David Maraniss' "Clemente"
Roberto Clemente was baseball’s first martyred saint. His life possessed the rare combination of baseball superstardom, genuine humanity unmatched since Christy Mathewson, and the tragic ending of a vibrant career like Lou Gehrig. To the Hispanic community Clemente was the first genuine superstar. To fans in Pittsburgh he was one of the main engines of two underdog World Series victories. To hundreds of sick kids in National League cities, he was the rare baseball player who answered pleas for a visit. To many women he was perhaps the most attractive player in the game, with a soft good looks and a chiseled physique. Finally, to baseball fans, he had the finest arm in the game, a beautiful swing and the speed to complement it all. In short, he was magnificent.
Faced with a subject like Clemente, it would have been easy for David Maraniss to produce several hundred pages of hagiography(*), expanding on the prior paragraph. That was exactly what I feared I would encounter in “Clemente: The Passion and Grace of Baseball’s Last Hero”. The titled seemed to point me in that direction, but I found an evenhanded account of a great baseball player and honorable, but sometimes flawed human being.
Maraniss is a Pulitzer Prize winning journalist who previously wrote biographies of Bill Clinton and Vince Lombardi. His Clemente book provides us insights into a complex man who overcame language barriers, poverty and discrimination to become one of the great figures of the 1960’s and ‘70’s.
Clemente was such a great baseball player that the BBWA waived the five year eligibility period and elected him to the Hall of Fame eleven weeks after his death. The only other player to receive this exception was Lou Gehrig. Maraniss shows us a man who believed in accomplishing even more off the filed than on it and who died tragically while living up to his ideals, delivering earthquake relief to Nicaragua in 1972.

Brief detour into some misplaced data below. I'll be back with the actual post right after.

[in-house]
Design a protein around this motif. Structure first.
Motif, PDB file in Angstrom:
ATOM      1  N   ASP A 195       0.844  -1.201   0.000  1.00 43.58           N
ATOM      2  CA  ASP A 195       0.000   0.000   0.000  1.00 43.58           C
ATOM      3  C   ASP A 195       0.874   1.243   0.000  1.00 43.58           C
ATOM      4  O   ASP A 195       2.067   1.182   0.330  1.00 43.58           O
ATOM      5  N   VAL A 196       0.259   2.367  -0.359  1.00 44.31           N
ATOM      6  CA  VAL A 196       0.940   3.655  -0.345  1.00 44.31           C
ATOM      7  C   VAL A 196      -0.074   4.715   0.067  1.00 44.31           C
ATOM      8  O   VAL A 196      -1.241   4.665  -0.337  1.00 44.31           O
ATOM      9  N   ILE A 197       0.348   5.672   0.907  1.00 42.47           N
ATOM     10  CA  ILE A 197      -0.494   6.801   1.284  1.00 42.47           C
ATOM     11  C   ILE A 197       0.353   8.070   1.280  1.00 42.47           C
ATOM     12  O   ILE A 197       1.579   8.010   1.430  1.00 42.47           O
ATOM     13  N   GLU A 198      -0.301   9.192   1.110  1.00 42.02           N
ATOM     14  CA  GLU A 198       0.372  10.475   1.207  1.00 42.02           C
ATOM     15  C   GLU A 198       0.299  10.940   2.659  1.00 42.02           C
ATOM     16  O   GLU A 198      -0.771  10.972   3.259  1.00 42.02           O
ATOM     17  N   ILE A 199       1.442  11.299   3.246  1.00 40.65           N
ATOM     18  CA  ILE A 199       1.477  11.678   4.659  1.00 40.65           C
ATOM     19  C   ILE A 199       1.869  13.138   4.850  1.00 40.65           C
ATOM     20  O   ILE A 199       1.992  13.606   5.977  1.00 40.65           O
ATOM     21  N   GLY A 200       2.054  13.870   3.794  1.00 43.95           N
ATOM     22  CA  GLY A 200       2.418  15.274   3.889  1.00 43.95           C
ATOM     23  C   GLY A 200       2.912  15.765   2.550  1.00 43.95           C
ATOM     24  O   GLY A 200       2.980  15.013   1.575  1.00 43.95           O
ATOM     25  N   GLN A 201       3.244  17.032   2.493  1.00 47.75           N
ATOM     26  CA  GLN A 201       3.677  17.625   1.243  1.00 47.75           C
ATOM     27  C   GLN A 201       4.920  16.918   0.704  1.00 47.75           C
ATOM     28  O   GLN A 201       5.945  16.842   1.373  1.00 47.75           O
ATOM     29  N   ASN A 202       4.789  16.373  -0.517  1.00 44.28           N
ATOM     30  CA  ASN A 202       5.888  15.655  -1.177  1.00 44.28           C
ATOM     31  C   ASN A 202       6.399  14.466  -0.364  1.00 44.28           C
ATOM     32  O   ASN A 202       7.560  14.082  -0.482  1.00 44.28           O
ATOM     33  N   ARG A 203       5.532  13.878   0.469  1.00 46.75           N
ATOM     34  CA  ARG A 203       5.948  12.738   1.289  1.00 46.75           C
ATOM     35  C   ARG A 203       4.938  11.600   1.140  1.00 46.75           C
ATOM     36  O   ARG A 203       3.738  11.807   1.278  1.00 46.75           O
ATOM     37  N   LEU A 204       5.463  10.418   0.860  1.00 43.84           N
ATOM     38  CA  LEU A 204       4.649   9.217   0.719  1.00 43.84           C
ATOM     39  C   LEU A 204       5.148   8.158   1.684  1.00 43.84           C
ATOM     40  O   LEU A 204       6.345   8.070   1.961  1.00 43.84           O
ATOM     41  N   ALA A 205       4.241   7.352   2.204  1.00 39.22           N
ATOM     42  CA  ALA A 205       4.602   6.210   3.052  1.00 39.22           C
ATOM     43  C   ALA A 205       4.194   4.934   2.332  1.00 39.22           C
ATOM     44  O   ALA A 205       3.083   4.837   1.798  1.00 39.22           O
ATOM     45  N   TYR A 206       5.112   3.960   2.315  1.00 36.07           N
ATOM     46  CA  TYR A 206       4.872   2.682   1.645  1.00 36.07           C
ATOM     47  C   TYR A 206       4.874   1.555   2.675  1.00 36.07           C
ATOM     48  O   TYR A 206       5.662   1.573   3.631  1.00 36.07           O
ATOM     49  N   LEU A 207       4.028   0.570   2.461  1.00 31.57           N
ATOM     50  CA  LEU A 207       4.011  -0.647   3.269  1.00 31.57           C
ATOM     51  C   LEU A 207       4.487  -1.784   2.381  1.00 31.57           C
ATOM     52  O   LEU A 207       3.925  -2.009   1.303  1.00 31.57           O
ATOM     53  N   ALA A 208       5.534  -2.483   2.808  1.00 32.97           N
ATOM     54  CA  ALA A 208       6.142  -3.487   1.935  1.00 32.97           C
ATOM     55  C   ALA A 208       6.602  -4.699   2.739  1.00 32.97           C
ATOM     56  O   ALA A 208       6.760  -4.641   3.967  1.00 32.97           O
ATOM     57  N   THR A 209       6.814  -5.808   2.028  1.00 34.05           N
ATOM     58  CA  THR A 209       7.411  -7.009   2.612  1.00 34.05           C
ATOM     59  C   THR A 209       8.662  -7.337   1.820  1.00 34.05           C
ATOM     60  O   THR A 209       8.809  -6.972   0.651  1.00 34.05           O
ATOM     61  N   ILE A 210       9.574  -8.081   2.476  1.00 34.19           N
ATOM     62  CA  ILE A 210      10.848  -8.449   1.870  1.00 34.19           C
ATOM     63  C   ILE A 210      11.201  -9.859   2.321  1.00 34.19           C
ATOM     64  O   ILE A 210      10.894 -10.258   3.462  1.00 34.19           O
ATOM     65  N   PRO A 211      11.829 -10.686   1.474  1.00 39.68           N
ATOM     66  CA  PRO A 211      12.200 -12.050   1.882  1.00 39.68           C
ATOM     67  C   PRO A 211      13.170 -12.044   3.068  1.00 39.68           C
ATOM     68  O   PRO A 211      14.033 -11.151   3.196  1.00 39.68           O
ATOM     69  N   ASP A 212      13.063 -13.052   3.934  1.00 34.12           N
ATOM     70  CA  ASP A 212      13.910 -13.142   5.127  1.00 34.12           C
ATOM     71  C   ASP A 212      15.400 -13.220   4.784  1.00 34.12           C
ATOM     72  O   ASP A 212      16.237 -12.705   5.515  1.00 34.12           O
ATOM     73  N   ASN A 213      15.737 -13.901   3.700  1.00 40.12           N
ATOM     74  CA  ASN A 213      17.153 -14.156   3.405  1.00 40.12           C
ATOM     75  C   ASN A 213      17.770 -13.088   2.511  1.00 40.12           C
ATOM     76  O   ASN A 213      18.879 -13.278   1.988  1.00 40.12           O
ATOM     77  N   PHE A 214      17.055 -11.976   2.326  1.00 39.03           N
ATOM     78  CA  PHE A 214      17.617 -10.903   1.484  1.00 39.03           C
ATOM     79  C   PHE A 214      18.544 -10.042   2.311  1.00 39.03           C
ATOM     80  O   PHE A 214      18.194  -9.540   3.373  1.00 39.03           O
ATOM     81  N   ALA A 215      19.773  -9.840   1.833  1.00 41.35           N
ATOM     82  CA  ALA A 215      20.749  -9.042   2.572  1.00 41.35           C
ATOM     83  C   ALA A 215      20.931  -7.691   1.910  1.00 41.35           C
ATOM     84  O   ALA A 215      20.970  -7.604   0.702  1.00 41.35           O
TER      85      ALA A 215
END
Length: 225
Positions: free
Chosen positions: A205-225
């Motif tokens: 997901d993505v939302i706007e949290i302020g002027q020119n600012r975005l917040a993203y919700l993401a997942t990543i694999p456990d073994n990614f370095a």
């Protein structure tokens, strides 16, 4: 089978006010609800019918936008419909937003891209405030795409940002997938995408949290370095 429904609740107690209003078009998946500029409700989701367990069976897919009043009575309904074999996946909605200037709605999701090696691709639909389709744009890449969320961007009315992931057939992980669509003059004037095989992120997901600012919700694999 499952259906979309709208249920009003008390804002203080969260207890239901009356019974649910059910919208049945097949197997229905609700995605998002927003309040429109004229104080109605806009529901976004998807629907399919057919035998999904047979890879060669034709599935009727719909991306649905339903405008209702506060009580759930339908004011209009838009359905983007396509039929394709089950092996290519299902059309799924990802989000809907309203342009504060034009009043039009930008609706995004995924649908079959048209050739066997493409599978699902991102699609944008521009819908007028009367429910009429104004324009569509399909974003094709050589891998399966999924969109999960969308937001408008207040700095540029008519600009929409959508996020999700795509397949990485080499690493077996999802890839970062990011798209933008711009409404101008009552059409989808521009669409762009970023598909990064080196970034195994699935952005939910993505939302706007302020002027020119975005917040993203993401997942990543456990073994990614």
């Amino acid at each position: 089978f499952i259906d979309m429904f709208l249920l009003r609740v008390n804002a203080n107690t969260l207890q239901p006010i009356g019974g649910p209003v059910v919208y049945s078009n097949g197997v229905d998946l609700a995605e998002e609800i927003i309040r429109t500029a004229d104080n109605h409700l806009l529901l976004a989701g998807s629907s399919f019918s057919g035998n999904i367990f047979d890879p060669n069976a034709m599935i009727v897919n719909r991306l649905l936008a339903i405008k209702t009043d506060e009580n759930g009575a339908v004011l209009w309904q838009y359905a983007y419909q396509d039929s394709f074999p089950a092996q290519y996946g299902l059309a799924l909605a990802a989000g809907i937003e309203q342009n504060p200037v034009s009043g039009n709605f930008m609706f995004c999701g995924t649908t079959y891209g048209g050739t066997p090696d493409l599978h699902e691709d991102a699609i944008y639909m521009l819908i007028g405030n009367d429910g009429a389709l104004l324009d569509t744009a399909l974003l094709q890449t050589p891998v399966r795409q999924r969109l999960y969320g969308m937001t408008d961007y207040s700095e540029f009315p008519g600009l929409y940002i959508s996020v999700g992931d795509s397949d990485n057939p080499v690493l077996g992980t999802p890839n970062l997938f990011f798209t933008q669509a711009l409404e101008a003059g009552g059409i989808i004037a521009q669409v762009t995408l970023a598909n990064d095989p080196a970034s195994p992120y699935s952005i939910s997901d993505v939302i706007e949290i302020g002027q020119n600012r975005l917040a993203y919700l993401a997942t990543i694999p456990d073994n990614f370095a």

The book faithfully covers the baseball highlights of Clemente’s life, including two World Series victories, World Series MVP award, National League MVP award, four batting titles, and twelve All Star selections. Both World Series are covered in detail, capturing the drama of Pittsburgh’s underdog wins, including Bill Mazeroski’s homer in 1960. For Clemente, the two World Series serve as near bookends of his 18 year career.
Clemente could be sullen and was prone to insomnia. At the bottom, he never believed he received ample credit for his accomplishments. He played through injuries, but was often criticized for being a hypochondriac because he sometimes hit better when his back was bothering him. The newspapers of the day mocked him by quoting him phonetically (“That’s how hard he hit that son-mo-gun”).
Where Clemente transcended baseball was in his desire to use his position to improve the lives of others. In addition to organizing the ill-fated relief mission to Nicaragua, Clemente visited children in hospitals of various National League cities. He supported Curt Flood in his attempt to assert his dignity in the face of the reserve clause. One overriding theme was his desire to establish a compound in Puerto Rico where children could channel their energies into sports, rather than street crime. This is a dream that his son Roberto Jr. has perpetuated through the RBI program.
Overall, this was an entertaining read and a must-have for any fan of Clemente.
(*) OK, I got carried away. A hagiography is a fawning biography of a saint
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